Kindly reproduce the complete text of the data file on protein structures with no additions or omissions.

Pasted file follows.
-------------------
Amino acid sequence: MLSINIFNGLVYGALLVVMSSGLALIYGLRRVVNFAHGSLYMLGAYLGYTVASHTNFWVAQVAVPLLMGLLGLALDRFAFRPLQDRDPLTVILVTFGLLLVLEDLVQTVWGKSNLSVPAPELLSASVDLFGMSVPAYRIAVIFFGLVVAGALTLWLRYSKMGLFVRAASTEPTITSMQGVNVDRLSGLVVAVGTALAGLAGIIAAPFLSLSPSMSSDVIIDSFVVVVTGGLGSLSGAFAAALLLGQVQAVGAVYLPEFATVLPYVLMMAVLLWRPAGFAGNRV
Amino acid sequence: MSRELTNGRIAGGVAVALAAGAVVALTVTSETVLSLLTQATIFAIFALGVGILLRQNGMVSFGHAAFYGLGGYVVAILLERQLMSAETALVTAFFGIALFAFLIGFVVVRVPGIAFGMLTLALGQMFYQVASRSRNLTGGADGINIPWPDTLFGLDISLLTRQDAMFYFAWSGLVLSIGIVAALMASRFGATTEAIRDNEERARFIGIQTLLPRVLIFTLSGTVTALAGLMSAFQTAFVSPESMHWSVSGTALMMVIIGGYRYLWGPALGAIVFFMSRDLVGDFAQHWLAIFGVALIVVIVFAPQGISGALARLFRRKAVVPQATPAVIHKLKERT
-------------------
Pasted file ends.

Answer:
Amino acid sequence: MLSINIFNGLVYGALLVVMSSGLALIYGLRRVVNFAHGSLYMLGAYLGYTVASHTNFWVAQVAVPLLMGLLGLALDRFAFRPLQDRDPLTVILVTFGLLLVLEDLVQTVWGKSNLSVPAPELLSASVDLFGMSVPAYRIAVIFFGLVVAGALTLWLRYSKMGLFVRAASTEPTITSMQGVNVDRLSGLVVAVGTALAGLAGIIAAPFLSLSPSMSSDVIIDSFVVVVTGGLGSLSGAFAAALLLGQVQAVGAVYLPEFATVLPYVLMMAVLLWRPAGFAGNRV
Amino acid sequence: MSRELTNGRIAGGVAVALAAGAVVALTVTSETVLSLLTQATIFAIFALGVGILLRQNGMVSFGHAAFYGLGGYVVAILLERQLMSAETALVTAFFGIALFAFLIGFVVVRVPGIAFGMLTLALGQMFYQVASRSRNLTGGADGINIPWPDTLFGLDISLLTRQDAMFYFAWSGLVLSIGIVAALMASRFGATTEAIRDNEERARFIGIQTLLPRVLIFTLSGTVTALAGLMSAFQTAFVSPESMHWSVSGTALMMVIIGGYRYLWGPALGAIVFFMSRDLVGDFAQHWLAIFGVALIVVIVFAPQGISGALARLFRRKAVVPQATPAVIHKLKERT